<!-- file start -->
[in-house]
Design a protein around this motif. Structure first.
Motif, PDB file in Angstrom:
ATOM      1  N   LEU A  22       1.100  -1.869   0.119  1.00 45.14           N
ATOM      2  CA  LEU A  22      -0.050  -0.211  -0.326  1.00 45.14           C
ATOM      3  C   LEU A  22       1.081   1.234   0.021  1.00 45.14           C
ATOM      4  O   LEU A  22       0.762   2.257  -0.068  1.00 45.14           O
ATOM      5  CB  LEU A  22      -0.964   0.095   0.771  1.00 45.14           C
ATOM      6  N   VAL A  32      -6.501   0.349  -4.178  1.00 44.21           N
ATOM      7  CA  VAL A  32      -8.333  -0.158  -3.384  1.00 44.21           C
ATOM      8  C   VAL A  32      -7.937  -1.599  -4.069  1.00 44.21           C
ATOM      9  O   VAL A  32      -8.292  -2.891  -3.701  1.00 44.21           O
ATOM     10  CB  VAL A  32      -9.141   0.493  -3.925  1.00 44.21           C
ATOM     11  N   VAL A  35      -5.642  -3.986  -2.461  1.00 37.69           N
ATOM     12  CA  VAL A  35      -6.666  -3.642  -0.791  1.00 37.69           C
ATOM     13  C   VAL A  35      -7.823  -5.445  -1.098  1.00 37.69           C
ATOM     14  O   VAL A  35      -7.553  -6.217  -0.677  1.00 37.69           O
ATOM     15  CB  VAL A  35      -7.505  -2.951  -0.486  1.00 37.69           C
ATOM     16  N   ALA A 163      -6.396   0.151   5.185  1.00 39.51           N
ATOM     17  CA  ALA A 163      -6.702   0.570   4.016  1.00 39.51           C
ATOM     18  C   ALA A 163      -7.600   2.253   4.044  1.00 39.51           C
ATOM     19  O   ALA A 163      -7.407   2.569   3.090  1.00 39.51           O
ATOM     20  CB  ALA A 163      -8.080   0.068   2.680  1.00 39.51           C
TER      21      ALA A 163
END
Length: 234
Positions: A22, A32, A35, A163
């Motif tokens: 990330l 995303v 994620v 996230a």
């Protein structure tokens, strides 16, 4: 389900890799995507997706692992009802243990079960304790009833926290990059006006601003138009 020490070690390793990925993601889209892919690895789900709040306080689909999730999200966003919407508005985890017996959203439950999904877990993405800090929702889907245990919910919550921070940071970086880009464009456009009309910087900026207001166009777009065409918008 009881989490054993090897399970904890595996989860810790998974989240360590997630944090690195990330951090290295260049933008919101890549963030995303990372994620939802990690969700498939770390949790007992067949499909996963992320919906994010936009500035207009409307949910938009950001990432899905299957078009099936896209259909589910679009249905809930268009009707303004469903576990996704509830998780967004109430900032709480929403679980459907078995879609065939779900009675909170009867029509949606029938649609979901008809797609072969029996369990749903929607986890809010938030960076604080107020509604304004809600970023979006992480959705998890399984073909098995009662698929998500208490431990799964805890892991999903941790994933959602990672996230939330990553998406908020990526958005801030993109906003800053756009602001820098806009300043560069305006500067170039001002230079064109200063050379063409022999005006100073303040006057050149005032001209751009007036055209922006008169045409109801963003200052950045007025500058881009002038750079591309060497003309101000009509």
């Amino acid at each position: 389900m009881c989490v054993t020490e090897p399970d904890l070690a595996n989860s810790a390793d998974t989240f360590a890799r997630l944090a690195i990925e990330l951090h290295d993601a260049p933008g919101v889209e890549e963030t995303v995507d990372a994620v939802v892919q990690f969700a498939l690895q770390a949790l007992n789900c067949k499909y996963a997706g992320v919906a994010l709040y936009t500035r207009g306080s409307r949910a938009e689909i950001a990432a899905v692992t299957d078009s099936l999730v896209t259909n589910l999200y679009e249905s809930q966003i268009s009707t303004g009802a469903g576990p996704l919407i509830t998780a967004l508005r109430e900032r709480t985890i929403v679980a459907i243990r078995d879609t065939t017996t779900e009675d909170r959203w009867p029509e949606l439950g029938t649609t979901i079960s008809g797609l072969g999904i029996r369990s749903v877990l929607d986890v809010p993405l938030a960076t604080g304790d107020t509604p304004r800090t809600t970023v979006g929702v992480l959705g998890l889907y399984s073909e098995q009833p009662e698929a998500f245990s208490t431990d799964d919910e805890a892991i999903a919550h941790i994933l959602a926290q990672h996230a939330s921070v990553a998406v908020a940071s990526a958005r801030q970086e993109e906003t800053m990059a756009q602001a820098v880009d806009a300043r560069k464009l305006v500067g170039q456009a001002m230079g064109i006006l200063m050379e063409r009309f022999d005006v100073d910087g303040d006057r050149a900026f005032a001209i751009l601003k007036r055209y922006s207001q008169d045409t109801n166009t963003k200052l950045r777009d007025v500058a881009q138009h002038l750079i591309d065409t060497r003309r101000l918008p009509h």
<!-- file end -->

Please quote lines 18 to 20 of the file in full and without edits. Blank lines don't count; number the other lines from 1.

ATOM     15  CB  VAL A  35      -7.505  -2.951  -0.486  1.00 37.69           C
ATOM     16  N   ALA A 163      -6.396   0.151   5.185  1.00 39.51           N
ATOM     17  CA  ALA A 163      -6.702   0.570   4.016  1.00 39.51           C